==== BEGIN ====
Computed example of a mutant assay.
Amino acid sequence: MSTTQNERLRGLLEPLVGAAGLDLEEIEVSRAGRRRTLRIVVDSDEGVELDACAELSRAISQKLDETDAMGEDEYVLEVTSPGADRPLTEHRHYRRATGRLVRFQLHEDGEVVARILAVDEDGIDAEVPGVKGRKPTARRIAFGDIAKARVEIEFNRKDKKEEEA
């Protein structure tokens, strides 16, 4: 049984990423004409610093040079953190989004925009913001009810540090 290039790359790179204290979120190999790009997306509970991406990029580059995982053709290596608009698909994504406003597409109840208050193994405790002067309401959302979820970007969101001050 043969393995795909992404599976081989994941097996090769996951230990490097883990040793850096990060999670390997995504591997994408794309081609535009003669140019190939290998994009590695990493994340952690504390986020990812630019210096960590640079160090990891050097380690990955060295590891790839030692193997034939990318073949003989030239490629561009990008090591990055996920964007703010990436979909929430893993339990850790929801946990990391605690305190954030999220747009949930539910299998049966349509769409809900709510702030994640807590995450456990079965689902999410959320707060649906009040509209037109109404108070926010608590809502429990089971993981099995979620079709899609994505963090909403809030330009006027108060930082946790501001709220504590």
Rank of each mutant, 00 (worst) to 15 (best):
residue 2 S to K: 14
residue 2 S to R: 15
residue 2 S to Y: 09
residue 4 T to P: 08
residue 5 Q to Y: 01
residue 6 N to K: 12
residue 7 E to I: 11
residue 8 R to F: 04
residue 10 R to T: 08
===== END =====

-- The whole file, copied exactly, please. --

Computed example of a mutant assay.
Amino acid sequence: MSTTQNERLRGLLEPLVGAAGLDLEEIEVSRAGRRRTLRIVVDSDEGVELDACAELSRAISQKLDETDAMGEDEYVLEVTSPGADRPLTEHRHYRRATGRLVRFQLHEDGEVVARILAVDEDGIDAEVPGVKGRKPTARRIAFGDIAKARVEIEFNRKDKKEEEA
């Protein structure tokens, strides 16, 4: 049984990423004409610093040079953190989004925009913001009810540090 290039790359790179204290979120190999790009997306509970991406990029580059995982053709290596608009698909994504406003597409109840208050193994405790002067309401959302979820970007969101001050 043969393995795909992404599976081989994941097996090769996951230990490097883990040793850096990060999670390997995504591997994408794309081609535009003669140019190939290998994009590695990493994340952690504390986020990812630019210096960590640079160090990891050097380690990955060295590891790839030692193997034939990318073949003989030239490629561009990008090591990055996920964007703010990436979909929430893993339990850790929801946990990391605690305190954030999220747009949930539910299998049966349509769409809900709510702030994640807590995450456990079965689902999410959320707060649906009040509209037109109404108070926010608590809502429990089971993981099995979620079709899609994505963090909403809030330009006027108060930082946790501001709220504590």
Rank of each mutant, 00 (worst) to 15 (best):
residue 2 S to K: 14
residue 2 S to R: 15
residue 2 S to Y: 09
residue 4 T to P: 08
residue 5 Q to Y: 01
residue 6 N to K: 12
residue 7 E to I: 11
residue 8 R to F: 04
residue 10 R to T: 08